Trick or Treat? : Halloween History at Hagley

Monday, October 21, 2019

As soon as the back-to-school specials were cleared off the store shelves, big bags of candy, and spooky decorations filled their place.  The leaves are falling, the temperature is dropping, and people are starting to think about how they will celebrate Halloween.

Virtually all present-day Halloween traditions can be traced to an ancient pre-Christian Celtic festival of the dead, known as Samhain (pronounced sow-win.)  During this harvest time celebration, the Celts believed that the ghosts of the dead were able to mingle with the living, and they were appeased with offerings of food and drink. 

The Catholic Church attempted to replace pagan festivals with church holy days.

All Souls' Day on November 2 served as a time for the living to pray for the souls of the dead. All Souls’ Day was celebrated similarly to Samhain, with big bonfires, parades and dressing up in costumes as saints, angels and devils.

The All Saints’ Day celebration on November 1 was also called All Hallows (hallowed means sanctified or holy.)  Subsequently, All Hallows Eve became Hallow Evening, which eventually became Hallowe'en.

The practice of wearing costumes while traveling from door to door demanding treats can also be traced to the early Celts. The tradition of “mumming,” going from house to house in costume, performing parts of plays in exchange for food or drink, has been practiced in parts of Britain and Ireland since the middle ages. 

There was also a Scottish custom of children wearing costumes going from house to house for food or money, called "guising," which was a precursor to our Halloween. 

“Guising” was first recorded in North America in 1911 in Ontario, Canada, but it didn’t gain popularity in the United States until the 1930s.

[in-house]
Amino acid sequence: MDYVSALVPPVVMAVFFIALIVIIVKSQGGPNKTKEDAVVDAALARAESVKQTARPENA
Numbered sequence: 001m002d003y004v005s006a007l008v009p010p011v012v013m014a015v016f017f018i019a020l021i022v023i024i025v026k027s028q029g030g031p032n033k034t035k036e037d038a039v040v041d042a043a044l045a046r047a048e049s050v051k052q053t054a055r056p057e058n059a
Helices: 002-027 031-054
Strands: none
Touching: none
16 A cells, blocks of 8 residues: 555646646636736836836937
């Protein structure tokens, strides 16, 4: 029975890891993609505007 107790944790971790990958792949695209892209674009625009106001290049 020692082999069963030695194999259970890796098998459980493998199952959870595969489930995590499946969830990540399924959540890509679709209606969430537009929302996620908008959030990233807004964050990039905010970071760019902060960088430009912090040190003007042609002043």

Of the thousands of Halloween postcards produced between the start of the 20th century and the 1920s, many show children, but do not depict trick-or-treating.


Waldron collection of Christmas and holiday postcards (2000.223)

At the turn of the century, Halloween parties for both children and adults became the most common way to celebrate the day. Parties focused on games, foods of the season and festive costumes.

In 1919, Ruth Edna Kelly wrote the first book-length history of the holiday called The Book of Halloween. Halloween parties in the early 19th century were very popular and featured practices related to the ancient Scottish celebration, such as bobbing for apples and carving vegetables, as well as serving fruits, nuts, and spiced cider.

From 1909 through the 1930s, the Dennison Manufacturing Company published Halloween-themed craft and party idea books called Bogie BooksThe Bogie Books showed the reader how to throw a successful Halloween party for adults. They included menus, ideas for games and many, many suggestions for decorations and costumes.

1929 Radiola ad from the John Okolowicz collection of publications and advertising on radio and consumer electronics (Accession 2014.277)

By the 1920s and 1930s, Halloween had become a secular but community-centered holiday, with parades and Halloween parties for entertainment. Many of us are accustomed to buying our own Halloween costume every year, but up until the late 1940s, most holiday costumes were handmade. 

Instructions for making crepe paper flowers, shades and costumes from Silklyk Crepe Paper, ca. 1920

As trick-or-treating became popular, companies like A.S. Fishbach and Ben Cooper began mass-producing Halloween costumes. Previous decades saw children dressing as supernatural creatures like witches, ghosts, and goblins, but costumes based on professions and characters in mass media became the norm. (Mickey Mouse, who made his official debut in the 1928 animated short Steamboat Willie, became a popular character costume in the 1930s.) Beginning in the 1940s, manufacturers began selling costumes through retailers such as Sears, JC Penney, Woolworths, and local five-and-dimes. 

Sears Catalog, Fall and Winter, 1936-1937


Halloween traditions changed from celebrations by adults to a focus on children, but the tide is changing. The National Retail Foundation website states that 18- to 24-year-old consumers are the most likely to celebrate Halloween this year!  Their annual survey found that 68 percent of Americans plan to celebrate Halloween this year, and spend a lot of money doing it:  $3.2 billion on costumes, $2.6 billion on candy, $2.7 billion on decorations and $390 million on greeting cards.

So, whether you celebrate a harvest festival, or a commercial celebration of candy, decorations and pumpkins, enjoy the best that this season has to offer!

Linda Gross is the Reference Librarian in Published Collections at Hagley Museum and Library.​